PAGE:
In the years after Bosworth, a small boy is ripped from his rightful place as future king of England. Years later when he reappears to take back his throne, his sister Elizabeth, now Queen to the invading King, Henry Tudor, is torn between family loyalty and duty. As the final struggle between the houses of York and Lancaster is played out, Elizabeth is torn by conflicting loyalty, terror and unexpected love. Will Elizabeth support the man claiming to be her brother, or will she choose the king? Set at the court of Henry VII A Song of Sixpence offers a new perspective on the early years of Tudor rule. Elizabeth of York, often viewed as a meek and uninspiring queen, emerges as a resilient woman whose strengths lay in endurance rather than resistance.

London – Autumn 1483

Ink black water slaps against the Tower wharf where deep impenetrable dark stinks of bleak, dank death. Strong arms constrict him and the rough blanket covering his head clings to his nose and mouth. The boy struggles, kicks, and wrenches his face free to suck in a lung full of life saving breath. The blanket smothers him again. He fights against it, twisting his head, jerking his arms, trying to kick but the hands that hold him, tighten. His head is clamped hard against his attacker’s body. He frees one hand, gropes with his fingers until he discovers chain mail, and an unshaven chin. Clenching his fingers into a fist, he lunges out with a wild inaccurate punch.

With a muffled curse the man throws back his head but, keeping hold of his prisoner, he hurries onward, down narrow, dark steps, turning one corner, then another, before halting abruptly. The boy hears his assailant’s breath coming short and sharp and knows he too is afraid.

The aroma of brackish water is stronger now. The boy strains to hear mumbled voices, low and rough over scuffling footsteps. The ground seems to dip and his stomach lurches as suddenly they are weightless, floating, and he senses they have boarded a river craft. The invisible world dips and sways sickeningly as they push out from the stability of the wharf for the dangers of the river.

The only sound is the gentle splash of oars as they glide across the water, far off the clang of a bell and the cry of a boatman. He squirms, opens his mouth to scream but the hand clamps down hard again. The men draw in their breath and freeze, waiting anxiously. A long moment, a motionless pause before the oars are taken up again and the small craft begins to move silently across the surface.

River mist billows around them; he can smell it, feels it seeping through his clothes. He shivers but more from fear than cold.

He knows when they draw close to the bridge. He can feel the tug of the river; hear the increasing rush of the current, the dangerous turbulence beneath. Surely they will not shoot the bridge, especially after dark. Only a fool would risk it.

The boy wriggles, shakes his head, and tries to work his mouth free of the smothering hand. He strains to see through the blinding darkness but all is inky black. The boat gathers pace and, as the noise of the surging river becomes deafening, the man increases his hold, a hurried prayer rumbling in his chest.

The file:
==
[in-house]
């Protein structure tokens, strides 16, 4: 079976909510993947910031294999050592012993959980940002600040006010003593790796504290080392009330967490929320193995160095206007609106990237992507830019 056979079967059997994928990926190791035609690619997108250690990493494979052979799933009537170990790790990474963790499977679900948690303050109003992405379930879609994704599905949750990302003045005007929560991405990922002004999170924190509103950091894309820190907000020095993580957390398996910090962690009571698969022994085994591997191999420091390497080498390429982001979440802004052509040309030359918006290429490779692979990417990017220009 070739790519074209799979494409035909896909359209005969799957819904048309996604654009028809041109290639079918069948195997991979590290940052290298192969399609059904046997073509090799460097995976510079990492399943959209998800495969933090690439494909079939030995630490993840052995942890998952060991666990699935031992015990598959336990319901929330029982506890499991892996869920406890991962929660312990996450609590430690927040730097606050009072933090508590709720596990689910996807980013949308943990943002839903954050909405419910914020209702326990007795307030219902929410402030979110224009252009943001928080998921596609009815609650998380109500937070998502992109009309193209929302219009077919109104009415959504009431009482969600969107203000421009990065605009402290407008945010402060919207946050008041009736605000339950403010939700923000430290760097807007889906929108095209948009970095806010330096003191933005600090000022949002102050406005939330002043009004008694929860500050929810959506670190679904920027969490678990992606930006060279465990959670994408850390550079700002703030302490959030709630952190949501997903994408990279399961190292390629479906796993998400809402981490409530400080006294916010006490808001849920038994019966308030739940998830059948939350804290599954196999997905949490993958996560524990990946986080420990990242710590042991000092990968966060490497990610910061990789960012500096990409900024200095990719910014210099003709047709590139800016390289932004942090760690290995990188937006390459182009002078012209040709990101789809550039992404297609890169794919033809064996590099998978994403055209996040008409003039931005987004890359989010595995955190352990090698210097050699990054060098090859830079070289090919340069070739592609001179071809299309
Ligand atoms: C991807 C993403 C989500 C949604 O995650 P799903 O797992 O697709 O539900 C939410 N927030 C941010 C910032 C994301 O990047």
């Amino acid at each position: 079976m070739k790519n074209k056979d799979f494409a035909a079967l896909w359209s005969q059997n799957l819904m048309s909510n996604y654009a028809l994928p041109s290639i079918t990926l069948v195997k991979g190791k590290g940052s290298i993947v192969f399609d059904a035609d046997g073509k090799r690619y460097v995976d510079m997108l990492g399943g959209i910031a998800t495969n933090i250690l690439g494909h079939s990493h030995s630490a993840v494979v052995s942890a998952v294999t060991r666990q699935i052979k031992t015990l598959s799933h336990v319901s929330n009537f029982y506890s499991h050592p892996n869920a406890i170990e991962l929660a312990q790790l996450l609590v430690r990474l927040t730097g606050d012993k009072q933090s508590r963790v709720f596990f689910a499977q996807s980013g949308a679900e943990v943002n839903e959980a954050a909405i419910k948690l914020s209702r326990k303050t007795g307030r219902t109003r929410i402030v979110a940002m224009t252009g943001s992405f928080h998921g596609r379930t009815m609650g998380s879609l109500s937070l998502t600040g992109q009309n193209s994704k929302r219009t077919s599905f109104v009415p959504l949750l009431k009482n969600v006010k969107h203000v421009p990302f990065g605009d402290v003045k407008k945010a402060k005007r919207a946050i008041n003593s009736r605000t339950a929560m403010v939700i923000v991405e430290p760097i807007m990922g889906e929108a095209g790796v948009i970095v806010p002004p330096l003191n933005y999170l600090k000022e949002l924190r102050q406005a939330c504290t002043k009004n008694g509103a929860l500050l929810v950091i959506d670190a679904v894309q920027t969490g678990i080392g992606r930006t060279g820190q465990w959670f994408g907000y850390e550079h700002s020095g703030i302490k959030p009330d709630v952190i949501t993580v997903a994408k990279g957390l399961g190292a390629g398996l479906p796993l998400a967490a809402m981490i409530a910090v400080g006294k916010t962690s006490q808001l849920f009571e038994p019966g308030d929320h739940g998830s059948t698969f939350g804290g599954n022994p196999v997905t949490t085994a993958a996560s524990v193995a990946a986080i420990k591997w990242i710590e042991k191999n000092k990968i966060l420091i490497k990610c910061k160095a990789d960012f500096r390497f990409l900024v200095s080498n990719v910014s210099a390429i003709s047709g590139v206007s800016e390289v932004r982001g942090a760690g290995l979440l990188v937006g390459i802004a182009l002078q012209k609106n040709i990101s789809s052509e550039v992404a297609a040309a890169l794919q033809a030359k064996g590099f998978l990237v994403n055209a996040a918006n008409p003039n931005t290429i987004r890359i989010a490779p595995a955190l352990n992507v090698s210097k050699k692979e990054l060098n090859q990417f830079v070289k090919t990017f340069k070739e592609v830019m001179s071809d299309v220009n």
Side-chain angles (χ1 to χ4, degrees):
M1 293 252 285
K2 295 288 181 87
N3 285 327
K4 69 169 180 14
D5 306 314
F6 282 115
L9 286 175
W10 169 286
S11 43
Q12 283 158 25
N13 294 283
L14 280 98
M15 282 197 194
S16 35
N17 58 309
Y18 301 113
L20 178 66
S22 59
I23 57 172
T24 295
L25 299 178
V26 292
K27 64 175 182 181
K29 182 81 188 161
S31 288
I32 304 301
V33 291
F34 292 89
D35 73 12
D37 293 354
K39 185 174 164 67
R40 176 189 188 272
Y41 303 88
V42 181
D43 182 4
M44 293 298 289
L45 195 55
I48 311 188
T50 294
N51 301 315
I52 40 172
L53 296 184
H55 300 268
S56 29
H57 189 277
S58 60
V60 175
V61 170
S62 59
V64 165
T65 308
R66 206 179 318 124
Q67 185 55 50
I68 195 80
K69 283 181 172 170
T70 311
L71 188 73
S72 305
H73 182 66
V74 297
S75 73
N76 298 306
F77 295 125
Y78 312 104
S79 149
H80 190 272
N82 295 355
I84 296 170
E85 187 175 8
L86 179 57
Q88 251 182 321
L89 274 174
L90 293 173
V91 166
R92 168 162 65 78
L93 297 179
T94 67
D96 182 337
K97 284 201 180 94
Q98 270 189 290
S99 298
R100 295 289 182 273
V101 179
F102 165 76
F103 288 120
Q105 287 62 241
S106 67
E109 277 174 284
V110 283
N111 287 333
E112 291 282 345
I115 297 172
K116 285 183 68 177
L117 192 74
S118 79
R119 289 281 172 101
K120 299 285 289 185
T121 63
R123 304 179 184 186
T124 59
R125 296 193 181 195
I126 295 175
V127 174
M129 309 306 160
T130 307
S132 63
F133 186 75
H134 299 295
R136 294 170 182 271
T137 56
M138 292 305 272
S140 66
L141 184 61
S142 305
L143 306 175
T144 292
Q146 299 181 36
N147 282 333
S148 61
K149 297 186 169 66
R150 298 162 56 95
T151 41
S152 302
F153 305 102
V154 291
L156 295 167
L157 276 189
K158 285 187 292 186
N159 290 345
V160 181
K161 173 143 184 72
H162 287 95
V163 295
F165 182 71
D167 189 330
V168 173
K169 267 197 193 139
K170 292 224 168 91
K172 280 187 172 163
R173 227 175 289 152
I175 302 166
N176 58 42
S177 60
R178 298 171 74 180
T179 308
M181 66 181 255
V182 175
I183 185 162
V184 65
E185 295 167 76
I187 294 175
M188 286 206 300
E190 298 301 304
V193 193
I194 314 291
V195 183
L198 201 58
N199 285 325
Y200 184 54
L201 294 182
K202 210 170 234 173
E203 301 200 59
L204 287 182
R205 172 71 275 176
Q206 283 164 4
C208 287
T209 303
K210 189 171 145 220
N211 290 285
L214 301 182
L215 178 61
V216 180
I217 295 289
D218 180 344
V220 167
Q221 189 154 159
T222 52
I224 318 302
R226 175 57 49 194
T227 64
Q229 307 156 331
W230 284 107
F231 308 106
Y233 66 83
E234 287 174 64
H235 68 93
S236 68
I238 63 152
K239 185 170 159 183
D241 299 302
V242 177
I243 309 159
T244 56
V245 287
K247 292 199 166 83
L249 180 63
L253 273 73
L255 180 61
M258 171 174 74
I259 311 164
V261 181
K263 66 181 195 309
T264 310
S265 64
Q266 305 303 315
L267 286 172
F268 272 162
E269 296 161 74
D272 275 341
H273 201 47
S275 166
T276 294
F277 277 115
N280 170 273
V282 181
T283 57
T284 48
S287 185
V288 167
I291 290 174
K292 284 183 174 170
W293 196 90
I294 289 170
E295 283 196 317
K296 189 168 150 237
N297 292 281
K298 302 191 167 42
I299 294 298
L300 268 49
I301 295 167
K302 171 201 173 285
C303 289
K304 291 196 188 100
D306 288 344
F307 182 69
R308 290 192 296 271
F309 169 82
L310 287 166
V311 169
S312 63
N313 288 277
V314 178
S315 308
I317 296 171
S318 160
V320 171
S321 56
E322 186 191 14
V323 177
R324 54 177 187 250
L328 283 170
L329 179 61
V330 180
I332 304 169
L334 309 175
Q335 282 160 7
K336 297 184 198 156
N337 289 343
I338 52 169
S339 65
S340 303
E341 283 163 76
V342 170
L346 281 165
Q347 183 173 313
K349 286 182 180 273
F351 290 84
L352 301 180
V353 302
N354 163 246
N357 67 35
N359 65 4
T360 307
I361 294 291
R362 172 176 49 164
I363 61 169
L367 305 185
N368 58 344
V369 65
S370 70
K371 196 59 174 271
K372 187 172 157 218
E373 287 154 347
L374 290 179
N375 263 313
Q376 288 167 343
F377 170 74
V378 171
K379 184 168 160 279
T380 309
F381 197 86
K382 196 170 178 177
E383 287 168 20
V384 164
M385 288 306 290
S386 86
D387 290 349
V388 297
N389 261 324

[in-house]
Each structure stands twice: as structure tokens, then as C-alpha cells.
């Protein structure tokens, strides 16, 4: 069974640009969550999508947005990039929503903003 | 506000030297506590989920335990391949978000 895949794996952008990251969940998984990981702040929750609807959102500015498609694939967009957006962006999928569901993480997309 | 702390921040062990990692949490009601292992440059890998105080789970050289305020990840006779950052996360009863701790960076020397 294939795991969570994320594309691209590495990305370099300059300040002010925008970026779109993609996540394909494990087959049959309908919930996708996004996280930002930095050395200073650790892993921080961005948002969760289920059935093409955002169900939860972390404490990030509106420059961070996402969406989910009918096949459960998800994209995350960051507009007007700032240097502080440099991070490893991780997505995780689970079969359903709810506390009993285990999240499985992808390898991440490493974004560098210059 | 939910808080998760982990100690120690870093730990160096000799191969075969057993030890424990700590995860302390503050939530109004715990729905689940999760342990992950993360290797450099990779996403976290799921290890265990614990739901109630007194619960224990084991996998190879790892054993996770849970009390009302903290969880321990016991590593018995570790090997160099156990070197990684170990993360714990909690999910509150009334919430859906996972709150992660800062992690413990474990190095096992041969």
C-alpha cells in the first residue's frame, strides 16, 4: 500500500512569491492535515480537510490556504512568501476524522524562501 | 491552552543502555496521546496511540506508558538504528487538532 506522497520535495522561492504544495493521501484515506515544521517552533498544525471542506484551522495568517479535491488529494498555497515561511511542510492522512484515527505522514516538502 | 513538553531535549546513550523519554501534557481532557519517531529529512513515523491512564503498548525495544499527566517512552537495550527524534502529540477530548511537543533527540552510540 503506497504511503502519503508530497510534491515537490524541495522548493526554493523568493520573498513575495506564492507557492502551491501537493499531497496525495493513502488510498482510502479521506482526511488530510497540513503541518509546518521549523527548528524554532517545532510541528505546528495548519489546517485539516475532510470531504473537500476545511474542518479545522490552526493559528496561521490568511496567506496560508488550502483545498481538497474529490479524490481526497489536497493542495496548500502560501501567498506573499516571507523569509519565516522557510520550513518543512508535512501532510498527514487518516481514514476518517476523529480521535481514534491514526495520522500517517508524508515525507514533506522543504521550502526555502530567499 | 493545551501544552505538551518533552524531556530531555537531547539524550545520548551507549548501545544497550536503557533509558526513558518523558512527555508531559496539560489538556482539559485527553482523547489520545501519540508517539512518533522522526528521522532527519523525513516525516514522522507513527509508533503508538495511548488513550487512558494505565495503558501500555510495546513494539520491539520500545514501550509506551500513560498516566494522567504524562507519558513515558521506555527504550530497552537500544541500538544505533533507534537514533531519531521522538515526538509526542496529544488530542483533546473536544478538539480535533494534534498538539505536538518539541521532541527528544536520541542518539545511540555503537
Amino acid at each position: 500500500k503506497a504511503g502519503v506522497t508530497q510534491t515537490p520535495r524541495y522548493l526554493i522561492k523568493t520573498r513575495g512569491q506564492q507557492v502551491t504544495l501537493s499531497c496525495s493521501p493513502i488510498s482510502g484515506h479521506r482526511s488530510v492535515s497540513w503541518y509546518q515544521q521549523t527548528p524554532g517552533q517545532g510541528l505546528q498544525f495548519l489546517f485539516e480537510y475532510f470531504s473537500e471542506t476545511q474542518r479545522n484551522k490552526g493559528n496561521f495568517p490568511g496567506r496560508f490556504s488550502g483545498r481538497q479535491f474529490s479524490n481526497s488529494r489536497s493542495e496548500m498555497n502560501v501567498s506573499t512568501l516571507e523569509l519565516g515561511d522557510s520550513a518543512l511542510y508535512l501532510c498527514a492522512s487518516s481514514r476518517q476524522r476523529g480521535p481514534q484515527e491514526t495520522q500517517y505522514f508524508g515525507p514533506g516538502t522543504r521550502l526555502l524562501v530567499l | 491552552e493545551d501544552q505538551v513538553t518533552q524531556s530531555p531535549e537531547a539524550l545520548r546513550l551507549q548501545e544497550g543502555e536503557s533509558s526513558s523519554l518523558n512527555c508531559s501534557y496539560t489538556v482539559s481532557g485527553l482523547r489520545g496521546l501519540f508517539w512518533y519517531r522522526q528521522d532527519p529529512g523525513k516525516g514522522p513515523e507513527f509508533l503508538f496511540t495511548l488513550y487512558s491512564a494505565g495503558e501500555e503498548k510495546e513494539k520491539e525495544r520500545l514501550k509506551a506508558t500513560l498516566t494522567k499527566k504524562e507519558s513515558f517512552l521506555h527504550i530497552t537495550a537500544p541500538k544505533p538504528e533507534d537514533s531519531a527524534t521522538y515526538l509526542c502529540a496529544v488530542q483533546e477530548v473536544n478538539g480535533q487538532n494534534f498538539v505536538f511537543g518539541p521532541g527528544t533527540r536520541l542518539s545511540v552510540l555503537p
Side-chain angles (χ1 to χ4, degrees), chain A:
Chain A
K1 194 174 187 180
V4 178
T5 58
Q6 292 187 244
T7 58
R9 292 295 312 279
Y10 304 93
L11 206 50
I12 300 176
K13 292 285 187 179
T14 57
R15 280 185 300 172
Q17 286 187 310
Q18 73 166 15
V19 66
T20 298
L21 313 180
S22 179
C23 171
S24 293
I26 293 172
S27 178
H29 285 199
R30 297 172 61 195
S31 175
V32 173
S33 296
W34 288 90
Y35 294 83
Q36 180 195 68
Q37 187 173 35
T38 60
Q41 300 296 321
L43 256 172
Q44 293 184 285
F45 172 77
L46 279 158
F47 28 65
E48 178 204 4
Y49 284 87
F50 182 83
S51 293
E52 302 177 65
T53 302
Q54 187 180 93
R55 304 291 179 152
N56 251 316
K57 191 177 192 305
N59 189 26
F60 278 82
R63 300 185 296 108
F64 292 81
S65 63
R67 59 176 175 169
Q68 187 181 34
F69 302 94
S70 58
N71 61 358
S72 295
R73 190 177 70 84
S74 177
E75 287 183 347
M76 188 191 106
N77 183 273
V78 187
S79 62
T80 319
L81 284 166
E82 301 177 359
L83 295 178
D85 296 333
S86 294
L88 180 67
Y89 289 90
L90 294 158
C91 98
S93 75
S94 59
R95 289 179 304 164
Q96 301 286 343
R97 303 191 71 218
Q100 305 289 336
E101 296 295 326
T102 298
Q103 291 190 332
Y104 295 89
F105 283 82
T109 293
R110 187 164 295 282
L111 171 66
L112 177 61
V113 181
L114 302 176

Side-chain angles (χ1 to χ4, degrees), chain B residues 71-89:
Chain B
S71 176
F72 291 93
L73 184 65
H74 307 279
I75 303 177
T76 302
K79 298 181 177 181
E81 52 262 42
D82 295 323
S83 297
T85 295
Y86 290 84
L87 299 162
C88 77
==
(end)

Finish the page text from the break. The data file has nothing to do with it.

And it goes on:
The whole world is consumed in chaos, rushing water, clamouring thunder, biting cold. In the fight for survival, the boy continues to battle fruitlessly for breath, struggle for his freedom. The body that holds him hostage tenses like a board and beneath the boy’s ear beats the dull thud of his assailant’s heart. The blanket is suffocating hot, his stomach turning as the boat is taken, surging forward, spinning upward before it is hurled down again, between the starlings, shooting uncontrollably beneath the bridge.

Then suddenly, the world is calmer. Somehow the boat remains upright on the water. It spins. He hears the men scrabble for the oars, regain control and his captor relaxes, breathes normally again. Exhausted and helpless, the boy slumps in the soldier’s arms, his fight defeated.

All is still now; all is quiet. The oars splash, the boat glides down river, and soon the aroma of the countryside replaces the stench of the city.

His clothes are soaked with river water; his stomach is empty, his body bruised and aching. Defeated and afraid, the man releases his hold and the boy lies still in the bottom of the boat.

He sleeps.

The world moves on.

Much later, waking with a start, the boy hears low, dark whisperings; a thick Portuguese accent is answered by another, lighter and less certain. This time when he blinks into the darkness, he notices a faint glimmer of light through the coarse weave of the blanket. He forces himself to lie still, knows his life could depend upon not moving but his limbs are so cramped he can resist no longer. He shifts, just a little, but it is too much. His kidnapper hauls him unceremoniously from the wet wooden planks.

The boy’s legs are like string. He stumbles as they snatch off his hood and daylight rushes in, blinding bright. He blinks, screwing up his face, blinking at the swimming features before him, fighting for focus. He sees dark hair; a heavy beard; the glint of a golden earring, and recognition and relief floods through him.

“Brampton!” he exclaims, his voice squeaking, his throat parched. “What the devil are you doing? Take me back at once.”

Brampton tugs at the boy’s tethered arms, drawing him more gently now to the bench beside him.

“I cannot. It is unsafe.”

“Why?” As his hands are untied the boy rubs at each wrist in turn, frowning at the red wheals his bonds have left behind. His Plantagenet-bright hair glints in the early morning sun, his chin juts forward in outrage. “If my father were here…”